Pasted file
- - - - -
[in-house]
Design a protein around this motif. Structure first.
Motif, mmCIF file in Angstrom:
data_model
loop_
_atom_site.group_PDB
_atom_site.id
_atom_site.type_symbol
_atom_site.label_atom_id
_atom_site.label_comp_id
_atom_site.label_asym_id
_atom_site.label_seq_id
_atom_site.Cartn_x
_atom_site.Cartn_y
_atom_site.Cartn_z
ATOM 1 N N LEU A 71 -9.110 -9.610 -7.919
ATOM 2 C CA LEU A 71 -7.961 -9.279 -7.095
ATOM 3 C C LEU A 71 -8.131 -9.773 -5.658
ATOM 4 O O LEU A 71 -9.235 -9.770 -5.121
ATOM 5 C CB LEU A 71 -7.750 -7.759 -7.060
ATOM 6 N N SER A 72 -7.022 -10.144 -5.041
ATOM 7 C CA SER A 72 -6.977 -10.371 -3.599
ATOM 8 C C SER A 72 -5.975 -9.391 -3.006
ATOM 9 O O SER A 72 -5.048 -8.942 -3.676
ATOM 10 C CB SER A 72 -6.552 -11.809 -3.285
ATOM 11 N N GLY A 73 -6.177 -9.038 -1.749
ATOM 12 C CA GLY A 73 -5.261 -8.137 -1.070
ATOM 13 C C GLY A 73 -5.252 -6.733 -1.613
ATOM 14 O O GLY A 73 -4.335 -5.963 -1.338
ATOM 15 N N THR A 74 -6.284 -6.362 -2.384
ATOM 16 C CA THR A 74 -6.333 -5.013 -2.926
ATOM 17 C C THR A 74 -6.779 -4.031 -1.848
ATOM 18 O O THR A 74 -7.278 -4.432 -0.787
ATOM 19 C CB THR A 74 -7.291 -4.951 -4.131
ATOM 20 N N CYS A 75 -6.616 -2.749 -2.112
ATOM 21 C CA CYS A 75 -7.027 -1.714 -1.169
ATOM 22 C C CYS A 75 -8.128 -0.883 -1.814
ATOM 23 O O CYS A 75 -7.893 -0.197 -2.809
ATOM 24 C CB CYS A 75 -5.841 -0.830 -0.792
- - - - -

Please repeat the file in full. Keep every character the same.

[in-house]
Design a protein around this motif. Structure first.
Motif, mmCIF file in Angstrom:
data_model
loop_
_atom_site.group_PDB
_atom_site.id
_atom_site.type_symbol
_atom_site.label_atom_id
_atom_site.label_comp_id
_atom_site.label_asym_id
_atom_site.label_seq_id
_atom_site.Cartn_x
_atom_site.Cartn_y
_atom_site.Cartn_z
ATOM 1 N N LEU A 71 -9.110 -9.610 -7.919
ATOM 2 C CA LEU A 71 -7.961 -9.279 -7.095
ATOM 3 C C LEU A 71 -8.131 -9.773 -5.658
ATOM 4 O O LEU A 71 -9.235 -9.770 -5.121
ATOM 5 C CB LEU A 71 -7.750 -7.759 -7.060
ATOM 6 N N SER A 72 -7.022 -10.144 -5.041
ATOM 7 C CA SER A 72 -6.977 -10.371 -3.599
ATOM 8 C C SER A 72 -5.975 -9.391 -3.006
ATOM 9 O O SER A 72 -5.048 -8.942 -3.676
ATOM 10 C CB SER A 72 -6.552 -11.809 -3.285
ATOM 11 N N GLY A 73 -6.177 -9.038 -1.749
ATOM 12 C CA GLY A 73 -5.261 -8.137 -1.070
ATOM 13 C C GLY A 73 -5.252 -6.733 -1.613
ATOM 14 O O GLY A 73 -4.335 -5.963 -1.338
ATOM 15 N N THR A 74 -6.284 -6.362 -2.384
ATOM 16 C CA THR A 74 -6.333 -5.013 -2.926
ATOM 17 C C THR A 74 -6.779 -4.031 -1.848
ATOM 18 O O THR A 74 -7.278 -4.432 -0.787
ATOM 19 C CB THR A 74 -7.291 -4.951 -4.131
ATOM 20 N N CYS A 75 -6.616 -2.749 -2.112
ATOM 21 C CA CYS A 75 -7.027 -1.714 -1.169
ATOM 22 C C CYS A 75 -8.128 -0.883 -1.814
ATOM 23 O O CYS A 75 -7.893 -0.197 -2.809
ATOM 24 C CB CYS A 75 -5.841 -0.830 -0.792